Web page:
RALEIGH — A new bill is before the General Assembly that would make three fish species gamefish, raise fishing license prices and provide funds for state fishing observers and dredging.
One of the four actions proposed in the bipartisan bill, filed Wednesday by four inland county representatives and titled H.B. 983, “The 2013 Fisheries Economic Development Act,” is to designate red drum, spotted sea trout and striped bass as coastal gamefish. It also seeks to compensate commercial fishermen for “certain losses due to coastal gamefish designations,” increase Coastal Recreational Fishing License fees, appropriate funds for the marine fisheries observer program and provide funding for dredging shallow draft navigation channels.
If these three species of fish are declared coastal gamefish, they’ll only be able to be taken by recreational fishing. The only fish of these species that anyone will be able to buy, sell, transport or exchange are ones grown in an aquaculture operation, imported from a state without a gamefish designation for them, purchased by a restaurant, or possessed by individuals within the daily recreational limit for their own, personal use, including people who are customers of a guided fishing trip.
Nancy Fish, public information officer for the N.C. Marine Fisheries Commission – the rulemaking body of the N.C. Division of Marine Fisheries – said the DMF is concerned about the legislation.
“While our concern is based on a variety of factors,” she said, “the greatest issue is that we believe the action is contrary to the N.C. Fisheries Reform Act, our state’s guiding legislation for managing coastal fisheries.”
Ms. Fish said the DMF recommends strategies to manage resources for the benefit of all user groups. She said designating gamefish status for any coastal species gives the recreational sector preference over the commercial sector.
A recreational fisherman nonprofit group is in support of this bill. Chuck Laughridge, Harkers Island resident and representative of the N.C. branch of the Coastal Conservation Association, said the association not only supports the bill, but also worked with two of its authors, Rep. Tom Murry, R-Wake, and Rep. Tim Moffitt, R-Buncombe, to draft the portion on gamefish.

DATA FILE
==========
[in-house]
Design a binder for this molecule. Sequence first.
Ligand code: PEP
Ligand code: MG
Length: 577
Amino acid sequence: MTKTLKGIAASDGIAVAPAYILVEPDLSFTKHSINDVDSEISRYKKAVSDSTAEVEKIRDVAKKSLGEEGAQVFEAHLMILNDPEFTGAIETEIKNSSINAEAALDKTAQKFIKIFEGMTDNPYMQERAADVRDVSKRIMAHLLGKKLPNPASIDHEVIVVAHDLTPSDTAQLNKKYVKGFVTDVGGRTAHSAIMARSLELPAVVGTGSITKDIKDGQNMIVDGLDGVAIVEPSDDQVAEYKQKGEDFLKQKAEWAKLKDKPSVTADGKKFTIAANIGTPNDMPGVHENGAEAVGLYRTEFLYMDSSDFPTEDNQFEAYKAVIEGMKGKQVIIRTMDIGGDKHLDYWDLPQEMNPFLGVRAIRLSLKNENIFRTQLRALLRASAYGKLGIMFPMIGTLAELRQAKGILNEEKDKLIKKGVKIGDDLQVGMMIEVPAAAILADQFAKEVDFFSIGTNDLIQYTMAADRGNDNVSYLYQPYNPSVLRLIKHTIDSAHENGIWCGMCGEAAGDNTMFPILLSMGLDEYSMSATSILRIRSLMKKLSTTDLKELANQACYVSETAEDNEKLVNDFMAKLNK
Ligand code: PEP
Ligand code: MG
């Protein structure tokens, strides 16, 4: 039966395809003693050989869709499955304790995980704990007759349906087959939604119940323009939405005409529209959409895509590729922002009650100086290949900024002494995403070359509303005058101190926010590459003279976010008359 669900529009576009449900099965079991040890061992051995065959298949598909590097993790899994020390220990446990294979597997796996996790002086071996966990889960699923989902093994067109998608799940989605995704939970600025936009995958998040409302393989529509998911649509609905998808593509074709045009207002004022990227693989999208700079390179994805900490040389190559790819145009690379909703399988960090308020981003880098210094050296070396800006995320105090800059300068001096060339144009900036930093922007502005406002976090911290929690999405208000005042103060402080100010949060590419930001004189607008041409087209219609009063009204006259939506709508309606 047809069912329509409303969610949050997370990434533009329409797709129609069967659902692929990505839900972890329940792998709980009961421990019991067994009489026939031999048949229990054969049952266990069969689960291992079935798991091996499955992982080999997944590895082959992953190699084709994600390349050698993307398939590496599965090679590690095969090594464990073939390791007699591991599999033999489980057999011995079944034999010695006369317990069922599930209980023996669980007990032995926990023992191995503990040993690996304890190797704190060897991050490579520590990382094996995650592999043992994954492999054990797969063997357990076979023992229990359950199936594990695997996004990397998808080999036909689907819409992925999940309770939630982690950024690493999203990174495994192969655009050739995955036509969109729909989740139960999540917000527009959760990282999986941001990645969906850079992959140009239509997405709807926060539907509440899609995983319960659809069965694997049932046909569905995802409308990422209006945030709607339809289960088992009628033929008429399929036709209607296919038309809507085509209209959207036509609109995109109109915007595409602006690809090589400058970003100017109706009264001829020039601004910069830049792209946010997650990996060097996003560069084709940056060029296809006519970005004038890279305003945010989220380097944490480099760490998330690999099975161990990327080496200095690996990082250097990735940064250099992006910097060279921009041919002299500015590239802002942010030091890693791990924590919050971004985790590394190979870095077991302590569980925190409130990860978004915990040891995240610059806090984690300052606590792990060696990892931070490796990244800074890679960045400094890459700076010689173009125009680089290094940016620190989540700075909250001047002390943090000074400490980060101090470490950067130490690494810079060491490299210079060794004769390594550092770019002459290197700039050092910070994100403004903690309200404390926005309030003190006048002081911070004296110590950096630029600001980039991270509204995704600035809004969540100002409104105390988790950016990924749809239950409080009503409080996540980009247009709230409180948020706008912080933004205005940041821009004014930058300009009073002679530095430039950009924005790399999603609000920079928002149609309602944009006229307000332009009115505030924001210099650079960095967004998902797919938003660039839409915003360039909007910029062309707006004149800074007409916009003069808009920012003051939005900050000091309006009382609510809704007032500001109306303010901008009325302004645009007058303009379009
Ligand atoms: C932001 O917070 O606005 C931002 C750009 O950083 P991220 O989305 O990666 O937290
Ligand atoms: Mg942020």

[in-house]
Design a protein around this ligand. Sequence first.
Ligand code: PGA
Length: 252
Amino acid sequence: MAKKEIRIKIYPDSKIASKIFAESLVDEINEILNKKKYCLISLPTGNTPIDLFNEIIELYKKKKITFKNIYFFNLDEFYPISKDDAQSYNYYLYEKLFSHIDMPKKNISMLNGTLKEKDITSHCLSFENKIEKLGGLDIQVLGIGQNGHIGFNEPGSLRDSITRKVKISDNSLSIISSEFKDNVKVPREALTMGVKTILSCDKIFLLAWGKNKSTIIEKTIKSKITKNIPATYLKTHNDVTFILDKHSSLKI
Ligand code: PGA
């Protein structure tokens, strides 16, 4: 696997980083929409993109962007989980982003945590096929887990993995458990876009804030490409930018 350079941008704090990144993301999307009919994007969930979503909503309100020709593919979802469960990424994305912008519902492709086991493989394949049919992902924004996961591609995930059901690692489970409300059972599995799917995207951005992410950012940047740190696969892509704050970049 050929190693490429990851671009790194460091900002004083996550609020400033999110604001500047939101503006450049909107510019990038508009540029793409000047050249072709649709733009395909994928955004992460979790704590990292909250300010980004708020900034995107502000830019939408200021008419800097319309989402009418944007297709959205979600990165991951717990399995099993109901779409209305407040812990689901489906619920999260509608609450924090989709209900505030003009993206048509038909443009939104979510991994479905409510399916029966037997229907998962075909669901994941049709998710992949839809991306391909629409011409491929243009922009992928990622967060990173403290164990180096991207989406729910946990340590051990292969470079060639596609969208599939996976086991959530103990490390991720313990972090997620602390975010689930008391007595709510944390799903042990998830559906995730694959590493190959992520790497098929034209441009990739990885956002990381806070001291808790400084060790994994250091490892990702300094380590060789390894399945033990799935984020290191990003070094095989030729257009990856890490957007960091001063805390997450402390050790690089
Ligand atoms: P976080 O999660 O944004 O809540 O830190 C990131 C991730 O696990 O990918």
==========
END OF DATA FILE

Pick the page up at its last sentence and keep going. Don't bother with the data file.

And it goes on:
“We’ve had meetings with them since the close of the short session last summer,” Mr. Laughridge said.
The other primary sponsors are Rep. Michael Wray, D-Halifax County and Rep John Bell IV, R-Wayne County.
This isn’t the first time state legislators have sought gamefish status for these three species. In 2011, H.B. 353, known as the “Designation of Coastal Gamefish” was introduced to seek gamefish status for them. However, the bill stalled in committee and died during the 2012 short session.
Mr. Laughridge said that, unlike H.B. 353, H.B. 983 will not ask for ocean striped bass to be declared gamefish. By doing so, he said the latest bill will only remove two percent of total finfish landings in the state.
“Dr. Louis Daniel (DMF director), has publicly stated on numerous occasions that spotted sea trout is already unable to be managed for a sustainable harvest,” Mr. Laughridge said. He also said that both red drum and estuarine striped bass are both already in bycatch fisheries, meaning they’re only commercially landed as an incidental take with other commercial species.
A nonprofit supporting the state seafood industry doesn’t like the bill, however. Sean McKeon, executive director of the N.C. Fisheries Association, said the bill is extraordinarily misnamed.
“It should be ‘The Commercial Fishery Economic Devastation Act,’” he said. “There’s nothing in the bill to justify this (gamefish status). The title is a joke; Rep. Murray and Rep. Wray should be ashamed of themselves for being used this way.”
Mr. McKeon said he thinks the bill was created at the request of “a small group of recreational boat owners.” He said the legislators who introduced this bill “have no idea what devastation this will have on the coast.”
“They talk about it only being two to three percent of the harvest,” he said. “But every small fish market needs every percentage it can get.”
Observer program funding